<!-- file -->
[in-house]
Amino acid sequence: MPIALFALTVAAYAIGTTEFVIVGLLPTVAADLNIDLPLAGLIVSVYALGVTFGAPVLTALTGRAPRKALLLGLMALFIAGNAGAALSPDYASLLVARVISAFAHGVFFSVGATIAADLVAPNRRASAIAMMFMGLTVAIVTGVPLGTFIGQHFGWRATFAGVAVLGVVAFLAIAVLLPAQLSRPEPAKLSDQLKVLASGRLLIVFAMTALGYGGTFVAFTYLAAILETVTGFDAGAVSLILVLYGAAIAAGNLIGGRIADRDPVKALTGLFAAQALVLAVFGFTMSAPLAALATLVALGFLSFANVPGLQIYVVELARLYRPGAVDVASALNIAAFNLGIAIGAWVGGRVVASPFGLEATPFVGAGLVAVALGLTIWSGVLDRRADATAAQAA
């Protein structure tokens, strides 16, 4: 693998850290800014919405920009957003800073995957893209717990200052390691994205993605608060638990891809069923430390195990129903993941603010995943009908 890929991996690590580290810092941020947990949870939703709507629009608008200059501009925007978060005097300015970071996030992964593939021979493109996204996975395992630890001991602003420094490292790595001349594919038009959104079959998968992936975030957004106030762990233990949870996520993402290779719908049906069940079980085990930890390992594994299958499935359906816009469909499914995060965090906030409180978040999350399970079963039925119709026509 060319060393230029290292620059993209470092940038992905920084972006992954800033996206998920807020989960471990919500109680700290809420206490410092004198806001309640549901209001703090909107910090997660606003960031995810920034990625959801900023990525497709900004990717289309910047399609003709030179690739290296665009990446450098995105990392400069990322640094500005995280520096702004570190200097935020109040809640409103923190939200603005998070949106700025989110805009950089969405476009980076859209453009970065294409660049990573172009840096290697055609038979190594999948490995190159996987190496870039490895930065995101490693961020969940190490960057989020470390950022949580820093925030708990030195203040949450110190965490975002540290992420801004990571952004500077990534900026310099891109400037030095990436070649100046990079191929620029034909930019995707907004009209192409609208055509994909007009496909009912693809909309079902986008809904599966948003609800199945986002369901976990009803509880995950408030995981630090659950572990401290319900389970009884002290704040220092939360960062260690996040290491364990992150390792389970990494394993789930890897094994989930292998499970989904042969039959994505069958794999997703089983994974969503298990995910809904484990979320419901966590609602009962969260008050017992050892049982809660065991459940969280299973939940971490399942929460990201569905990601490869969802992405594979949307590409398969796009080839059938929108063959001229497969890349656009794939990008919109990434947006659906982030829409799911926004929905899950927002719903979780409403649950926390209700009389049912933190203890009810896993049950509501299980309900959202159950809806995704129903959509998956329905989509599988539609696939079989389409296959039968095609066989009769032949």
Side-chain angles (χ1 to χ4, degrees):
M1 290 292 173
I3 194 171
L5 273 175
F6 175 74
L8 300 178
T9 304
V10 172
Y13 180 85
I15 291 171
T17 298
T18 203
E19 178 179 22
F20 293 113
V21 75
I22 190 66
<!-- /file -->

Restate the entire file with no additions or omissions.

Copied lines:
[in-house]
Amino acid sequence: MPIALFALTVAAYAIGTTEFVIVGLLPTVAADLNIDLPLAGLIVSVYALGVTFGAPVLTALTGRAPRKALLLGLMALFIAGNAGAALSPDYASLLVARVISAFAHGVFFSVGATIAADLVAPNRRASAIAMMFMGLTVAIVTGVPLGTFIGQHFGWRATFAGVAVLGVVAFLAIAVLLPAQLSRPEPAKLSDQLKVLASGRLLIVFAMTALGYGGTFVAFTYLAAILETVTGFDAGAVSLILVLYGAAIAAGNLIGGRIADRDPVKALTGLFAAQALVLAVFGFTMSAPLAALATLVALGFLSFANVPGLQIYVVELARLYRPGAVDVASALNIAAFNLGIAIGAWVGGRVVASPFGLEATPFVGAGLVAVALGLTIWSGVLDRRADATAAQAA
């Protein structure tokens, strides 16, 4: 693998850290800014919405920009957003800073995957893209717990200052390691994205993605608060638990891809069923430390195990129903993941603010995943009908 890929991996690590580290810092941020947990949870939703709507629009608008200059501009925007978060005097300015970071996030992964593939021979493109996204996975395992630890001991602003420094490292790595001349594919038009959104079959998968992936975030957004106030762990233990949870996520993402290779719908049906069940079980085990930890390992594994299958499935359906816009469909499914995060965090906030409180978040999350399970079963039925119709026509 060319060393230029290292620059993209470092940038992905920084972006992954800033996206998920807020989960471990919500109680700290809420206490410092004198806001309640549901209001703090909107910090997660606003960031995810920034990625959801900023990525497709900004990717289309910047399609003709030179690739290296665009990446450098995105990392400069990322640094500005995280520096702004570190200097935020109040809640409103923190939200603005998070949106700025989110805009950089969405476009980076859209453009970065294409660049990573172009840096290697055609038979190594999948490995190159996987190496870039490895930065995101490693961020969940190490960057989020470390950022949580820093925030708990030195203040949450110190965490975002540290992420801004990571952004500077990534900026310099891109400037030095990436070649100046990079191929620029034909930019995707907004009209192409609208055509994909007009496909009912693809909309079902986008809904599966948003609800199945986002369901976990009803509880995950408030995981630090659950572990401290319900389970009884002290704040220092939360960062260690996040290491364990992150390792389970990494394993789930890897094994989930292998499970989904042969039959994505069958794999997703089983994974969503298990995910809904484990979320419901966590609602009962969260008050017992050892049982809660065991459940969280299973939940971490399942929460990201569905990601490869969802992405594979949307590409398969796009080839059938929108063959001229497969890349656009794939990008919109990434947006659906982030829409799911926004929905899950927002719903979780409403649950926390209700009389049912933190203890009810896993049950509501299980309900959202159950809806995704129903959509998956329905989509599988539609696939079989389409296959039968095609066989009769032949």
Side-chain angles (χ1 to χ4, degrees):
M1 290 292 173
I3 194 171
L5 273 175
F6 175 74
L8 300 178
T9 304
V10 172
Y13 180 85
I15 291 171
T17 298
T18 203
E19 178 179 22
F20 293 113
V21 75
I22 190 66